How And Why RBI Is Promoting Rupee In International Trade

Nishtha Anushree

Jul 12, 2022, 11:24 AM | Updated 11:24 AM IST

RBI headquarters in Mumbai. (INDRANIL MUKHERJEE/AFP/Getty Images)
RBI headquarters in Mumbai. (INDRANIL MUKHERJEE/AFP/Getty Images)

The RBI allowed invoicing and payments for international trade in rupees.

How it helps: It will promote the growth of global trade with emphasis on exports from India, and support the increasing interest of the global trading community in INR.

  • At a time when many countries in Africa and South America are facing forex shortages, the move allowing exim transactions through letter of credit will help exporters and importers.

  • It will reduce the impact of dollar outflows as a result of imports and thereby preserve foreign currency reserves.

  • This mechanism may enable Indian exporters to receive advance payment against exports from overseas importers in rupees.

What needs to be done: The RBI has asked banks to put in place additional arrangements to implement the decision.

  • Before putting this mechanism in place, banks will require prior approval from the RBI's Foreign Exchange Department.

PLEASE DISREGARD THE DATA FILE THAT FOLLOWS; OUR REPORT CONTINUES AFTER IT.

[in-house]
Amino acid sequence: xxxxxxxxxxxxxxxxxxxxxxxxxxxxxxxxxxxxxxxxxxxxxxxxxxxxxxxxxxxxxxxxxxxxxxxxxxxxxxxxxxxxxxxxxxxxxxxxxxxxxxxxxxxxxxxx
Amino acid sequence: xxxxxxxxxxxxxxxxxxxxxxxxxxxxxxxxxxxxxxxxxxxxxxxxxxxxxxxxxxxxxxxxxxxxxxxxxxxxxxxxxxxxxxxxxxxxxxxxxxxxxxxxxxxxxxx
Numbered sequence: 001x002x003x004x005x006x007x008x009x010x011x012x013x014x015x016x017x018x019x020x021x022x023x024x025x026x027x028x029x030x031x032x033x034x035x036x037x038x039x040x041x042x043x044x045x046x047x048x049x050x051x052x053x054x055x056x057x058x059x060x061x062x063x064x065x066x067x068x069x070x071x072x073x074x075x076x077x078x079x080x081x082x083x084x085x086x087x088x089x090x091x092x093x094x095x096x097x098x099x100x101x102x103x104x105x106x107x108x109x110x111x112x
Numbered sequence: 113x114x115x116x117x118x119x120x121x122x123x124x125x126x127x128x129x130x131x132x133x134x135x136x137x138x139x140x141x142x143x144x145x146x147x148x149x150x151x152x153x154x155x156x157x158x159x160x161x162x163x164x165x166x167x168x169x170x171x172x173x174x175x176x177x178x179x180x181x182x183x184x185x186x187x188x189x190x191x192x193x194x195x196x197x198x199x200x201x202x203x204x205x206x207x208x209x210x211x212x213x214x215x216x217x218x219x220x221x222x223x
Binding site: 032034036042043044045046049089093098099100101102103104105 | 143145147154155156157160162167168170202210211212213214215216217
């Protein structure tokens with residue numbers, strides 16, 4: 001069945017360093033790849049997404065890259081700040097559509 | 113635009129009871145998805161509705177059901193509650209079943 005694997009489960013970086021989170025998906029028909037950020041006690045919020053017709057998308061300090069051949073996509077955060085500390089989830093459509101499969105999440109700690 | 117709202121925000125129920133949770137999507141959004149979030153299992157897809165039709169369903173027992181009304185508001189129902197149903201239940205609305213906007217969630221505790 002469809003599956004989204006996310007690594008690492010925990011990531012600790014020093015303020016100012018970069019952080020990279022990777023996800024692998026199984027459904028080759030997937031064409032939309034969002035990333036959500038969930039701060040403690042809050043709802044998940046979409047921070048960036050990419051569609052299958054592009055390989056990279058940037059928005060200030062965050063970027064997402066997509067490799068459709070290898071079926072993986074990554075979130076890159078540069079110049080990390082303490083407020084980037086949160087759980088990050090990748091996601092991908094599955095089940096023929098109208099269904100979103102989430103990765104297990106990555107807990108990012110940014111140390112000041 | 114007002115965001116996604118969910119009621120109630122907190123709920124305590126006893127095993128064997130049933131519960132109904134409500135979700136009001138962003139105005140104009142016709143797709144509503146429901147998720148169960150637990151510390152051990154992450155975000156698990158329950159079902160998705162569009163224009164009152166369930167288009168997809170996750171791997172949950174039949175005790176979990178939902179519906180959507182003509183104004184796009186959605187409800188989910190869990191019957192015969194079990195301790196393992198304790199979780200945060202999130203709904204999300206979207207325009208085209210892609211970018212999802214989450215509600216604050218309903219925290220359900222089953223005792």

• For settlement of trade transactions, banks will also require special rupee vostro accounts of correspondent bank/s of the partner trading country.

How it will work: Indian importers shall make payments in INR, which shall be credited into the special vostro account of the correspondent bank of the partner country against the invoices for the supply of goods or services from the overseas seller/supplier.

  • Indian exporters shall be paid the export proceeds in INR from the balances in the designated special vostro account of the correspondent bank of the partner country.

  • The rupee surplus balance held can be used for permissible capital and current account transactions in accordance with mutual agreement.

  • The balance in special vostro accounts can be used for payments for projects and investments, export/import advance flow management, and investment in government bonds.

What changed: As per existing FEMA provisions, the final settlement has to be in free foreign exchange except for Nepal and Bhutan.

  • Now the final settlement to all countries, if approved by the RBI, can be in Indian rupee.

  • This comes at a time when a lot of countries are evaluating bilateral arrangements instead of multilateral arrangements. It will facilitate greater bilateral business with Russia, which is facing a wide range of Western sanctions and is virtually cut off from standard cross-border payment platforms.

Nishtha Anushree is Senior Sub-editor at Swarajya. She tweets at @nishthaanushree.

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